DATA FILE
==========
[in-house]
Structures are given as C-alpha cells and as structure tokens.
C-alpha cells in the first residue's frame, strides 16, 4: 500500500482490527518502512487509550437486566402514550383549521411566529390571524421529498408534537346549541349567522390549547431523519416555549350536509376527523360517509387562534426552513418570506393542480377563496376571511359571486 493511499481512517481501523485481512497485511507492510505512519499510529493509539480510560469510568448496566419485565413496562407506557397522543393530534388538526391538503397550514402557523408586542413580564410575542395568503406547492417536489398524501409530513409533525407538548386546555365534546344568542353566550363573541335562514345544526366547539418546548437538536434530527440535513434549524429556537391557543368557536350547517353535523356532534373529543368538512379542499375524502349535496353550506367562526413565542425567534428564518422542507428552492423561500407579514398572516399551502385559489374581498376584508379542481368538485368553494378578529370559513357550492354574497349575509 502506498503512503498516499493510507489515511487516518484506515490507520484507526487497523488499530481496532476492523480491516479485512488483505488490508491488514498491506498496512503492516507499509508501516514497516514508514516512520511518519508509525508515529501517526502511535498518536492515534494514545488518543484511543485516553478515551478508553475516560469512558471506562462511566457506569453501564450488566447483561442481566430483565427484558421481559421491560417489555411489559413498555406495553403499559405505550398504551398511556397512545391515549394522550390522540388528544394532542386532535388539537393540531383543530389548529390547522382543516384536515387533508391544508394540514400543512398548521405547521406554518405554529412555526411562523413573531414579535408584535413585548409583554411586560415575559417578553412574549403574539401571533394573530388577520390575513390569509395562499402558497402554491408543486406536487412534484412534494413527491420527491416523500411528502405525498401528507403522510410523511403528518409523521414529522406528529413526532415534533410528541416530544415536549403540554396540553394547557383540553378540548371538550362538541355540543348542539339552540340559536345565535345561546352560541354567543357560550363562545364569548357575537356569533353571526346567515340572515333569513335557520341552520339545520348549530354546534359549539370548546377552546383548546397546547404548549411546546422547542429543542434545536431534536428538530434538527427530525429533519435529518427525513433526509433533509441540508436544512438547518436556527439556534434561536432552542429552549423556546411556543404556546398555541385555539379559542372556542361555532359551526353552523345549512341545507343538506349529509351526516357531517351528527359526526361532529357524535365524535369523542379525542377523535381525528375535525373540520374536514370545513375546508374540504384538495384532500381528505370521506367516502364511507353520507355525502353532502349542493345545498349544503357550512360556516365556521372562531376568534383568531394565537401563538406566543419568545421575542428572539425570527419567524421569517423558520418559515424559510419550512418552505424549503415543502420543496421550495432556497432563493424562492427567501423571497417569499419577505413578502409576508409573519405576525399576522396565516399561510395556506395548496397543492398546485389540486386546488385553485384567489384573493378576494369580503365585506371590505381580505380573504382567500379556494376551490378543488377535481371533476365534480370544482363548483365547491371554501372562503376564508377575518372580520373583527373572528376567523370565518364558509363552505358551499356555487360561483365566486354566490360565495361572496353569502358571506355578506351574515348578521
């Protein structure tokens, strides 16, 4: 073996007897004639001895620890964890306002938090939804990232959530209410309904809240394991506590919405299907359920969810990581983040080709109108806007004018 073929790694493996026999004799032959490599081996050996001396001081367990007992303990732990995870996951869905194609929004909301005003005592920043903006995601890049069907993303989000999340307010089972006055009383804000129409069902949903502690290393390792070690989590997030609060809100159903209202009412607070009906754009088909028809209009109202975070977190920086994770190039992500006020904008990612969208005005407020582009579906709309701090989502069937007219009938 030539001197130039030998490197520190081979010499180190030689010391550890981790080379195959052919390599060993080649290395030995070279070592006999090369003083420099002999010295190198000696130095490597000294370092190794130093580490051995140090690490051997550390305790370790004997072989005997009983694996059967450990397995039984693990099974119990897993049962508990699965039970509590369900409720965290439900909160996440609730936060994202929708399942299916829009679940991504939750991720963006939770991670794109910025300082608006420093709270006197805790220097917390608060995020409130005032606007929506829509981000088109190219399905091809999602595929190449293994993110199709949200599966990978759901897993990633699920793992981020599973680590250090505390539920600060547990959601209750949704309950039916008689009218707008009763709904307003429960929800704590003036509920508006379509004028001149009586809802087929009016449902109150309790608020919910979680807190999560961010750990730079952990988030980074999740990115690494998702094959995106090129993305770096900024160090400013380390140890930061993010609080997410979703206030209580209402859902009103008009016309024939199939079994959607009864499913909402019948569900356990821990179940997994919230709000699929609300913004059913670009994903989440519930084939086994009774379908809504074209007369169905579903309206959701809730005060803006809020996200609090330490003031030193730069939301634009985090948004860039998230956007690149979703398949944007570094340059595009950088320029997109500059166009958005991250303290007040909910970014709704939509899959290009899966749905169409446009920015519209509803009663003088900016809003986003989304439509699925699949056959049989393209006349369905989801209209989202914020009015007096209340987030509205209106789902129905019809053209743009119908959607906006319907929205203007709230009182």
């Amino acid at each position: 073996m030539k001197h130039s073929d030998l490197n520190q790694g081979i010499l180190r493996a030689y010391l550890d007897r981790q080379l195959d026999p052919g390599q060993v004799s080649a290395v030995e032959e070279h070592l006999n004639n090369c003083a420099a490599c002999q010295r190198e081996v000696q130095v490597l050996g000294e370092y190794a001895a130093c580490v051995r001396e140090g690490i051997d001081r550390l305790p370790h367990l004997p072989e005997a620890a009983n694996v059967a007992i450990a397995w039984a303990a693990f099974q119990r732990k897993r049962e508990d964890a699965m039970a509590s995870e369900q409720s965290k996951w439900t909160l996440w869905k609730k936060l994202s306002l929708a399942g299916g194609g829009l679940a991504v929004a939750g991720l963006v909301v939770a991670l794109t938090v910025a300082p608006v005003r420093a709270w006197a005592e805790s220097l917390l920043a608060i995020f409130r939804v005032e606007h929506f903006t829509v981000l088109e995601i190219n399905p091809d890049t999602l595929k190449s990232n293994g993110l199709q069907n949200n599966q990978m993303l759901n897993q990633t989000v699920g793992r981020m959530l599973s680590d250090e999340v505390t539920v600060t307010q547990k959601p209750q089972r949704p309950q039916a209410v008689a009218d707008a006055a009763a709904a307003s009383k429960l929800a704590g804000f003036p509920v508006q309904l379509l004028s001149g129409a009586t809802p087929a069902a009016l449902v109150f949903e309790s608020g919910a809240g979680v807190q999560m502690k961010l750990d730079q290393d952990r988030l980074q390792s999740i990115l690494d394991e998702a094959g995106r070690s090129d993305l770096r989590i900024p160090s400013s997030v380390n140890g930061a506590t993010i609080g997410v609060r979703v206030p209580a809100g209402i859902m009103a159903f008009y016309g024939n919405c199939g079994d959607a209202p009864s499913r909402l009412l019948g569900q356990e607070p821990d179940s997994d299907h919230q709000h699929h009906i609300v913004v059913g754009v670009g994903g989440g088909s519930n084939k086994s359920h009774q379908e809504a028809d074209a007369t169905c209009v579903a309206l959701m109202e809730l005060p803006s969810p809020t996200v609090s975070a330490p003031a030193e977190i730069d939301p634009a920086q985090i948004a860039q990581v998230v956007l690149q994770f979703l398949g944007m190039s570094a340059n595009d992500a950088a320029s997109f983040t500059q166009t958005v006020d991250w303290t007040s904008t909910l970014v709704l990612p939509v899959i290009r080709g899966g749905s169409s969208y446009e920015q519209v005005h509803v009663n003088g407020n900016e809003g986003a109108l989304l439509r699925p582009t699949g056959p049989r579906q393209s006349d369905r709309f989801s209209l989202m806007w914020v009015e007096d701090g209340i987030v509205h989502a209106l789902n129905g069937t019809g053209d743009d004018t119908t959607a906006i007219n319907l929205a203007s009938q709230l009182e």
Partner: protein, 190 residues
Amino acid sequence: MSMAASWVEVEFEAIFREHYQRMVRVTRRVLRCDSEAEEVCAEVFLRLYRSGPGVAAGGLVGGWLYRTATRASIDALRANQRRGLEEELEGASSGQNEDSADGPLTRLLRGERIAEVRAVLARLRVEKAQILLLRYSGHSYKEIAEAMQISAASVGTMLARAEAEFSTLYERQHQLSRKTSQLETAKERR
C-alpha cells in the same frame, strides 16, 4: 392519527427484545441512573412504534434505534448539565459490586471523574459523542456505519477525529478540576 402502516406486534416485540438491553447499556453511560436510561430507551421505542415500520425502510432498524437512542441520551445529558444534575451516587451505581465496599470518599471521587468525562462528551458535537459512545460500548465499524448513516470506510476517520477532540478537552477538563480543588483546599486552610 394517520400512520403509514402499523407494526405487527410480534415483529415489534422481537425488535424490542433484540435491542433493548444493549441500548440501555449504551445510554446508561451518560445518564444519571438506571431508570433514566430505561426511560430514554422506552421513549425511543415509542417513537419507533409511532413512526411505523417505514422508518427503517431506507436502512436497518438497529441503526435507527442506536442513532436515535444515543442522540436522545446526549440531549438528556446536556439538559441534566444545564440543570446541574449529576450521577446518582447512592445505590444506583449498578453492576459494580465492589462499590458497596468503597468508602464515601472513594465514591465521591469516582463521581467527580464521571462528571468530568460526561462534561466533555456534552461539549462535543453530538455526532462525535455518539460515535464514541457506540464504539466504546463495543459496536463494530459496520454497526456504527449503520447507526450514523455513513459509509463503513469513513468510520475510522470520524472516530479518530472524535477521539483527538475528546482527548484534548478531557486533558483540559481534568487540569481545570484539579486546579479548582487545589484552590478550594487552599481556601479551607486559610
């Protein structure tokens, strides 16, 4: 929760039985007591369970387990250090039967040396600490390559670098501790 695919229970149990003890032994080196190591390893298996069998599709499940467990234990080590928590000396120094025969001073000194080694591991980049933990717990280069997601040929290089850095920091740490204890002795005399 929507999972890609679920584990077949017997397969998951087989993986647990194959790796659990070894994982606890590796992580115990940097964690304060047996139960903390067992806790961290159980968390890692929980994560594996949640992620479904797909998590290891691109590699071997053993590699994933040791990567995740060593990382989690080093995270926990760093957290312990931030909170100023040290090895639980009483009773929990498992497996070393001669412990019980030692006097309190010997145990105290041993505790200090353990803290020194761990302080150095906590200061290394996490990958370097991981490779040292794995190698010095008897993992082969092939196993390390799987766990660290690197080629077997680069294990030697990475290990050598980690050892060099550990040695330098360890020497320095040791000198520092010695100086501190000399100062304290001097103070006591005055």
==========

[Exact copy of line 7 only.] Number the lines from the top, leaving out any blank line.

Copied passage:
Amino acid sequence: MSMAASWVEVEFEAIFREHYQRMVRVTRRVLRCDSEAEEVCAEVFLRLYRSGPGVAAGGLVGGWLYRTATRASIDALRANQRRGLEEELEGASSGQNEDSADGPLTRLLRGERIAEVRAVLARLRVEKAQILLLRYSGHSYKEIAEAMQISAASVGTMLARAEAEFSTLYERQHQLSRKTSQLETAKERR